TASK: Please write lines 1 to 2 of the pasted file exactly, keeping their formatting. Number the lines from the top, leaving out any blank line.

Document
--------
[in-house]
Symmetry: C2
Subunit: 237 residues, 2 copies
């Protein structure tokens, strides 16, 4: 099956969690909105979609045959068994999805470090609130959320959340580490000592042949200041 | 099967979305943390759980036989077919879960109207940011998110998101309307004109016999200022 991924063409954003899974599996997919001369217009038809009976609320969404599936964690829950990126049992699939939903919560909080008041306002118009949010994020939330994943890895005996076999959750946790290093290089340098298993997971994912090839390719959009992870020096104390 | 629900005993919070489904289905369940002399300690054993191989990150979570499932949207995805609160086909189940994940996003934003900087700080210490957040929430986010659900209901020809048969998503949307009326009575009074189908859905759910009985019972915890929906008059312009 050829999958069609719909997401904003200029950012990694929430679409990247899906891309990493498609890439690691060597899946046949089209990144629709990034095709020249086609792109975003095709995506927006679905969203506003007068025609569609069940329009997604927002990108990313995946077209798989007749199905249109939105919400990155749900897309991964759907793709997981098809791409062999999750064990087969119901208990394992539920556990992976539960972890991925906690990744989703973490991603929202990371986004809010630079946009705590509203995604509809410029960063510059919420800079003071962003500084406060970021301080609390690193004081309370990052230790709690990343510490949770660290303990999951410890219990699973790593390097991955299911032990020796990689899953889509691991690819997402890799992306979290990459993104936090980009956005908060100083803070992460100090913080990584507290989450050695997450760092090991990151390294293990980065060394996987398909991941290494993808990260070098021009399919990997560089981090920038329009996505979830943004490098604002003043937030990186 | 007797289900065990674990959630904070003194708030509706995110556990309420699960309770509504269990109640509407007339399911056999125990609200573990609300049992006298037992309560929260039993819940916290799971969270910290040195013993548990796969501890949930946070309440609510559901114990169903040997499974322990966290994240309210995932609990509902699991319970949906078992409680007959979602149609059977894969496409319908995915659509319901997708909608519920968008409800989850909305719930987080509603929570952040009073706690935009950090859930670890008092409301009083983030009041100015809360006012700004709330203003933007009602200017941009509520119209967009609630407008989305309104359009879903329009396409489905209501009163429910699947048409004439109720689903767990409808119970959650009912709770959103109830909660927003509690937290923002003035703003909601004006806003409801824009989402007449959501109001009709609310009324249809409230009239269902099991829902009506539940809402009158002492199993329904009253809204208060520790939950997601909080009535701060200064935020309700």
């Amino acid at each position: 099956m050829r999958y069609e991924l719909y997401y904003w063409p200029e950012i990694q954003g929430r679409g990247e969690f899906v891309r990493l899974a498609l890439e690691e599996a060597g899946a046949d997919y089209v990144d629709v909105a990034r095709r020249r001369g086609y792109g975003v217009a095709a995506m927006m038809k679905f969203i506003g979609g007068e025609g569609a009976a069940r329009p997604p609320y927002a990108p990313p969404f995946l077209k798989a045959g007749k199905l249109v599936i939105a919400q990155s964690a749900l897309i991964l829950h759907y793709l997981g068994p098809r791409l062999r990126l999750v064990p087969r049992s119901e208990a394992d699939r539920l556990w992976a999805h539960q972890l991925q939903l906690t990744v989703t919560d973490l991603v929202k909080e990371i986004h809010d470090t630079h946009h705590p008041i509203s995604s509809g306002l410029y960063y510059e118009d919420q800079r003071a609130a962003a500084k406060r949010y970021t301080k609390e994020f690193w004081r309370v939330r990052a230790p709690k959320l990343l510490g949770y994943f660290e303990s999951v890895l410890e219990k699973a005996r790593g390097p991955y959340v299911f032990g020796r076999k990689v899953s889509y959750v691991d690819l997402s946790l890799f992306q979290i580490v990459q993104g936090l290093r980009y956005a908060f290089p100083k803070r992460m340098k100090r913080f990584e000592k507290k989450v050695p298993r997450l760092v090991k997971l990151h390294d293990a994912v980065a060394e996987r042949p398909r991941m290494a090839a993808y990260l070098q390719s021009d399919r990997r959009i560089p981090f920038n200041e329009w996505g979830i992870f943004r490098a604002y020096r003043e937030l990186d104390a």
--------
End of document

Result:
[in-house]
Symmetry: C2